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Aspen shoots

Article and photos by Carin R. Kirkegaard

Photo of Aspen shoots

Spraying aspen saplings may appear to kill them, but if the anchor tree is strong enough, the sapling will come back.

The aspen is arguably the state’s most recognized tree. From the crowd-drawing vibrant yellow leaves that quake in the breeze topping showy white trunks, the groves of aspens throughout the state are considered part of the largest singular organism whose life force is found underground in the extensive root system.

In order to sustain life, the aspen roots continually put up new saplings that will grow into large trunks if there is adequate space and light. In nature, the function of the aspen tree is to spread quickly and provide cover for seedlings of conifer seeds found in pine cones in the forest, especially in eroded or burned out areas. As the forest matures, the aspens above ground die out. The typical lifespan for an aspen tree in a landscaped environment is usually between five and 10 years at elevations lower than 7,000 feet. When those shoots start to appear in yards along borders and in flower beds, it can be a blessing or a curse.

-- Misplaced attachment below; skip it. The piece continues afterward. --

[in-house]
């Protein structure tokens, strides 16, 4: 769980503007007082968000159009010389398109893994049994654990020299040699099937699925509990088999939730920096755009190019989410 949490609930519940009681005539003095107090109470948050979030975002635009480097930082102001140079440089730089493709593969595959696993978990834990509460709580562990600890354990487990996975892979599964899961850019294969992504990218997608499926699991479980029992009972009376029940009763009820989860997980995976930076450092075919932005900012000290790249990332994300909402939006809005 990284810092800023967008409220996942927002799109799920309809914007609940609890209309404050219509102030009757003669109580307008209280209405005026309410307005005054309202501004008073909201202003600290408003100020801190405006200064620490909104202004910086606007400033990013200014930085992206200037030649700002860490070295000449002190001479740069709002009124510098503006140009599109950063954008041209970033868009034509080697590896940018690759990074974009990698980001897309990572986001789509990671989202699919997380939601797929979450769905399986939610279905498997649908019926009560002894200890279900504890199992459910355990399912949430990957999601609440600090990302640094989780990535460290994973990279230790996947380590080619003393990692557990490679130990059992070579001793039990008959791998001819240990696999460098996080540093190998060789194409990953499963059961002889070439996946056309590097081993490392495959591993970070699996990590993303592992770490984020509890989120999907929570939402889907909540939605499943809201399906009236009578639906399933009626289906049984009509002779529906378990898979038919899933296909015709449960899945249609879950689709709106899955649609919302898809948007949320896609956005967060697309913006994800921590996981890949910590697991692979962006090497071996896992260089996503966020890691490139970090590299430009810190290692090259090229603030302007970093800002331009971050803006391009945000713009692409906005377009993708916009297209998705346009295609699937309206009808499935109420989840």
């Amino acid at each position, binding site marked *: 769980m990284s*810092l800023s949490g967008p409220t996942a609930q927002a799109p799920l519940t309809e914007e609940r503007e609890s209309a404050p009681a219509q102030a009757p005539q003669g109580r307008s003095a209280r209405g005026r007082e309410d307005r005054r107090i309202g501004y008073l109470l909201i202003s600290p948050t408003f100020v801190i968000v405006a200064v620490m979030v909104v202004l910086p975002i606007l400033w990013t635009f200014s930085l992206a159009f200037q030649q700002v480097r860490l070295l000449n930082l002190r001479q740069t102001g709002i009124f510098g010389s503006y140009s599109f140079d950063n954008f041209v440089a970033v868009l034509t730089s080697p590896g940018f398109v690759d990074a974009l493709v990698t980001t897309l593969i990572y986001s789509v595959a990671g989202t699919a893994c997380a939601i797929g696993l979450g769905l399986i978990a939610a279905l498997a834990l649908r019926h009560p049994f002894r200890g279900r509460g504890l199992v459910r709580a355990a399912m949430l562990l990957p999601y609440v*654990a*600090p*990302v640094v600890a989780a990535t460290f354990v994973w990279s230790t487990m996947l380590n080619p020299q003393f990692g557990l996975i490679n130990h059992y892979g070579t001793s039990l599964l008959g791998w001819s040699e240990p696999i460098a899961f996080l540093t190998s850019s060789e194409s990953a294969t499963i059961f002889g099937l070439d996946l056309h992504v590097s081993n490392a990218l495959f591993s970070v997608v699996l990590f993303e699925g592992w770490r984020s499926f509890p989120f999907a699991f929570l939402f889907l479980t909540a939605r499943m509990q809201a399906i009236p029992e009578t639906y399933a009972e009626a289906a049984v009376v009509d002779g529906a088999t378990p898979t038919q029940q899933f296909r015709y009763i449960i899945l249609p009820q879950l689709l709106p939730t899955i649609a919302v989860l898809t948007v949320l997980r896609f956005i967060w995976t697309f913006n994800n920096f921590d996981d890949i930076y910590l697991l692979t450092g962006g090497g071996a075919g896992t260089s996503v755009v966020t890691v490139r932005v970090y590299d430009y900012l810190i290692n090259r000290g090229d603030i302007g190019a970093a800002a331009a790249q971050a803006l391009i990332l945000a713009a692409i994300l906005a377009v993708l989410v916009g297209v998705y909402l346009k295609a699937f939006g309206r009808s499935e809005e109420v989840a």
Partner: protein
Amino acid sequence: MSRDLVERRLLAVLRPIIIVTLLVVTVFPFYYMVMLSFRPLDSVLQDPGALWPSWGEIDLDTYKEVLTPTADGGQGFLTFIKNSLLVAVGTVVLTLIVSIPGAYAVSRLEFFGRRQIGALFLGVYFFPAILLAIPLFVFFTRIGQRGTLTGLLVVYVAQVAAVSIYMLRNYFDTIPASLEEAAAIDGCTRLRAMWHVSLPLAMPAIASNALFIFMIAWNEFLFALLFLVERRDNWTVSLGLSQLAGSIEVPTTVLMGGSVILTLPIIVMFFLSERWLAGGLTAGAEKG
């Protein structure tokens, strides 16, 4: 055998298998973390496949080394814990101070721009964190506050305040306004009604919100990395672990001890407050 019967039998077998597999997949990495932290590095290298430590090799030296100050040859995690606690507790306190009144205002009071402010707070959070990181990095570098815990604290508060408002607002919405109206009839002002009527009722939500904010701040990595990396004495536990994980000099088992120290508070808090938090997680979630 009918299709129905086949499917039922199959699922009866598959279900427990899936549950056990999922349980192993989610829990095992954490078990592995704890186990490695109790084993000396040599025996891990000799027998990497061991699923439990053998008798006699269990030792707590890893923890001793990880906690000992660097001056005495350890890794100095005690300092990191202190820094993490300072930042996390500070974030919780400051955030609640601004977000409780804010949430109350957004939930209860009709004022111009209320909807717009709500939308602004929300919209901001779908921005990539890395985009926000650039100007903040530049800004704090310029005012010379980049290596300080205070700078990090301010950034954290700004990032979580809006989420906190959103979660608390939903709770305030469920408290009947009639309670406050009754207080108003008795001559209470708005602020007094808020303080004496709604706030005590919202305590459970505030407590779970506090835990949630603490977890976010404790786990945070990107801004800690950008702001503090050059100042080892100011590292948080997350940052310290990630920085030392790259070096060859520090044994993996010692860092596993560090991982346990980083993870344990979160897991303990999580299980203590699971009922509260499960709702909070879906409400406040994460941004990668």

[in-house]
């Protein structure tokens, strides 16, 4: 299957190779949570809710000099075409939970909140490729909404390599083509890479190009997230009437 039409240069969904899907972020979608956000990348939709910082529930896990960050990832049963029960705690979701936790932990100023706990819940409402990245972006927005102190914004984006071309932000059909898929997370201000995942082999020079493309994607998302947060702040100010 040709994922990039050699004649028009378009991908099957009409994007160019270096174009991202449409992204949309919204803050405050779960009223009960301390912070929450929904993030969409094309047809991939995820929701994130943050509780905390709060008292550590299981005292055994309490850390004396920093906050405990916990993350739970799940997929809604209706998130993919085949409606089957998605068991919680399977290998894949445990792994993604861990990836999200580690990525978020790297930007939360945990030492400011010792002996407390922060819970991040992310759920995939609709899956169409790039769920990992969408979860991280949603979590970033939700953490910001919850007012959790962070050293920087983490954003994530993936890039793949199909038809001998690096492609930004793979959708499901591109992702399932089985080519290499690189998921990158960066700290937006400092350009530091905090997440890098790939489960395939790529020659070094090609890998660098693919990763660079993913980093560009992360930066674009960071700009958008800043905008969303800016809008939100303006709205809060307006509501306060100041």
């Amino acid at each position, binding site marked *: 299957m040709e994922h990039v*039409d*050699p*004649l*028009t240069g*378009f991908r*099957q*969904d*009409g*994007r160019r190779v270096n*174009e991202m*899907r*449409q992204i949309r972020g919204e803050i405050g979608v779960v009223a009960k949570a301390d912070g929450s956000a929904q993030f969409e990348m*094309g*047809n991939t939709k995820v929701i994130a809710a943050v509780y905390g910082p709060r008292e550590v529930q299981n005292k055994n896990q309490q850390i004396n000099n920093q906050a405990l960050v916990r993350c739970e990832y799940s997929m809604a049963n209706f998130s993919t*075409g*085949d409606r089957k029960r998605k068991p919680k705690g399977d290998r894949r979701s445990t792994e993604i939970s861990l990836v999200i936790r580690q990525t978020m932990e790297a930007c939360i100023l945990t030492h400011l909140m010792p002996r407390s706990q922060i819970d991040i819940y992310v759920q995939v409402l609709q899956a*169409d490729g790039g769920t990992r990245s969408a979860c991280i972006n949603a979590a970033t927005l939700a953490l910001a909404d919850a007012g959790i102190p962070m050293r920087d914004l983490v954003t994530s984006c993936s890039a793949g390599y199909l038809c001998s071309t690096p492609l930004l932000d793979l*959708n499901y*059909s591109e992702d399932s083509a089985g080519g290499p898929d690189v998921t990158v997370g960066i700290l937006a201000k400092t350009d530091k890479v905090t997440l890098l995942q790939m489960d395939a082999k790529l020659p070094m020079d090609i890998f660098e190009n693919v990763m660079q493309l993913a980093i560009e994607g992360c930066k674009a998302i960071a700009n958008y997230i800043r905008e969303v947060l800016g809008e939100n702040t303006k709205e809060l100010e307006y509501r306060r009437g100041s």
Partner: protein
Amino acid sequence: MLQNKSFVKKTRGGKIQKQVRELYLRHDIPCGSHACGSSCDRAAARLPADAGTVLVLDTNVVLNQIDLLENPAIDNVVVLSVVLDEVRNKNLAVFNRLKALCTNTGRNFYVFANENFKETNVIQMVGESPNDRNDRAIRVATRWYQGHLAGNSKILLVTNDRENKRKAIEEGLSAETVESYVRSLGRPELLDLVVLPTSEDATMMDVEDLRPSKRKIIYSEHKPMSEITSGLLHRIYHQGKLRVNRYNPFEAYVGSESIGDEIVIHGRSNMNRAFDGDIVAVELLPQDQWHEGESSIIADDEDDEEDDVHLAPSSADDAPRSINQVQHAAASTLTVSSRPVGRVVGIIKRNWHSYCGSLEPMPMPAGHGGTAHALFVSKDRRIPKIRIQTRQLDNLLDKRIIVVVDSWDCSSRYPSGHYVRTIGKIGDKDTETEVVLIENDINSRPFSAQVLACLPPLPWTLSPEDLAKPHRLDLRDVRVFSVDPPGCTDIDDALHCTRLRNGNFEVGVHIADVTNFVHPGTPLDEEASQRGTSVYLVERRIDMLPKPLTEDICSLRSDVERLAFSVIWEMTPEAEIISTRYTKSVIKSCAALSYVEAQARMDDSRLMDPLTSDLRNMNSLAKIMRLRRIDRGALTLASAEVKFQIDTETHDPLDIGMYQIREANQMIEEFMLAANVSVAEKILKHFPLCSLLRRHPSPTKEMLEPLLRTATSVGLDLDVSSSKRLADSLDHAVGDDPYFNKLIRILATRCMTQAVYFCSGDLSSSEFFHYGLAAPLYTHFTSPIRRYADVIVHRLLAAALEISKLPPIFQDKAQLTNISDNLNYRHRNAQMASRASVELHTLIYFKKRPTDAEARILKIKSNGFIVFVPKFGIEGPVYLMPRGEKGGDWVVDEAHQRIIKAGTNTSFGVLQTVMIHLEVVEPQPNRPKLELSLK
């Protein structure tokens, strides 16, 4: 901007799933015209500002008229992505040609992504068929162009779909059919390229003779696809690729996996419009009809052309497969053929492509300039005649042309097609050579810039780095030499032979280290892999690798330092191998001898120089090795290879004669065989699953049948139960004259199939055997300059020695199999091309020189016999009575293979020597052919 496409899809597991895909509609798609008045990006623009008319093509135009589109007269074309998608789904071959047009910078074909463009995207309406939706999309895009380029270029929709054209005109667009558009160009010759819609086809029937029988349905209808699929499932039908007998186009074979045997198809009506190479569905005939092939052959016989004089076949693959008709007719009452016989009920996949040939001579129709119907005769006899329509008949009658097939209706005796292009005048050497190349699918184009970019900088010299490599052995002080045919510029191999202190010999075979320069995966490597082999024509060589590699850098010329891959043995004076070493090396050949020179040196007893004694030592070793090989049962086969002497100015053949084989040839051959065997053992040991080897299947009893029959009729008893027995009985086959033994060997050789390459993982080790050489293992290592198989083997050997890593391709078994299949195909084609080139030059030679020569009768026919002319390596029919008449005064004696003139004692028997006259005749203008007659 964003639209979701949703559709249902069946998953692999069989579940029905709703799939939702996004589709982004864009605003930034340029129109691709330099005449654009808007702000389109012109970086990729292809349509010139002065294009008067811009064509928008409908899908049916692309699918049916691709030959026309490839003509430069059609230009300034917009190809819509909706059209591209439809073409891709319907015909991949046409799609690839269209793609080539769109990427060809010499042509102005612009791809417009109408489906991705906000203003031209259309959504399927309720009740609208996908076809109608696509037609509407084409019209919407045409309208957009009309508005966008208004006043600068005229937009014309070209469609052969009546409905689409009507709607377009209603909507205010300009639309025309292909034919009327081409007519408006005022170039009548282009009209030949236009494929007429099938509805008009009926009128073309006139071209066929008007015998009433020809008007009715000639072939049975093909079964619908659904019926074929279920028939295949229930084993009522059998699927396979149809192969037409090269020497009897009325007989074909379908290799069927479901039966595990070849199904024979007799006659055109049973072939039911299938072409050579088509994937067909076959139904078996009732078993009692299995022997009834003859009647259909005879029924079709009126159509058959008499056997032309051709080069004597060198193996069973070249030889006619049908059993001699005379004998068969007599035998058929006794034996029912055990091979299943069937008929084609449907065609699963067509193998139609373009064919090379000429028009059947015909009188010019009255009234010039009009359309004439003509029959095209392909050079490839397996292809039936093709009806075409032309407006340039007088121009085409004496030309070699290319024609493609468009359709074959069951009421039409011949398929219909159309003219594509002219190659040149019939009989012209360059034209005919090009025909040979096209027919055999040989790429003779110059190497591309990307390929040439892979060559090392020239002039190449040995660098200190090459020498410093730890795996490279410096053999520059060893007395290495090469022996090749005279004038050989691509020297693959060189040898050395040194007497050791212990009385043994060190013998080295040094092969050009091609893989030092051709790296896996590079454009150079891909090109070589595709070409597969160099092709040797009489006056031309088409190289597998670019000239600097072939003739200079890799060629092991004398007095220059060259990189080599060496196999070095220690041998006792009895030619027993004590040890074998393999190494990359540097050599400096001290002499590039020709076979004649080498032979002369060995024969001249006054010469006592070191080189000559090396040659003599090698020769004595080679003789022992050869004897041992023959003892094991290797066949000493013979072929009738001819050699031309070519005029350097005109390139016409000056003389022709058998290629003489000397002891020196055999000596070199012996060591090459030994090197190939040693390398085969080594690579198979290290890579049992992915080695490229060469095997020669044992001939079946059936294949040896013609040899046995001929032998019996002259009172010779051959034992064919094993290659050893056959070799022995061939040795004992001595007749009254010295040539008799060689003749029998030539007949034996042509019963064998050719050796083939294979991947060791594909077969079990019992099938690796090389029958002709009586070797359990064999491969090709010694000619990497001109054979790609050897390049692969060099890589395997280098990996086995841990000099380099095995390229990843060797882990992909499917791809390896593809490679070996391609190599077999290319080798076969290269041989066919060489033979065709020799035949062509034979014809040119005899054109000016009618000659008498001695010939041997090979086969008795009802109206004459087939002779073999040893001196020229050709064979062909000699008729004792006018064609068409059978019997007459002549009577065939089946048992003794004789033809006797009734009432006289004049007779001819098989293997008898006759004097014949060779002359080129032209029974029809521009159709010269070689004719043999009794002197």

If it’s a curse, the only certain way to prevent unwanted aspen shoots is to kill the mother or “anchor” tree. Craig Miller, Parks and Open Space manager for the Castle Pines North Metro District and a certified arborist, recommends removal of the anchor tree altogether. The remaining stump can be ground out or a concentrated glyphosate herbicide can be painted on it. This herbicide will spread throughout the root system and kill any future saplings.

If a homeowner wants to keep the anchor tree, Miller says the best way to keep the sprouting shoots at bay is to either continue to cut them out of borders and beds or mow the tender shoots that spring up in the yard. While this aesthetically works, there will still be sharp sticks if one is walking barefoot in the yard, and it is not a permanent solution and will need to be continued.

Another common answer is to apply a weed and feed herbicide on the sucker. Miller cautions that these options can weaken the mother tree, leaving it susceptible to insects and disease. It is important to remember that the suckers are a part of the anchor tree’s root system, so whatever you do to one effects the other.

The best way to ensure that there aren’t any unwanted aspens is to simply not plant them, said Miller.



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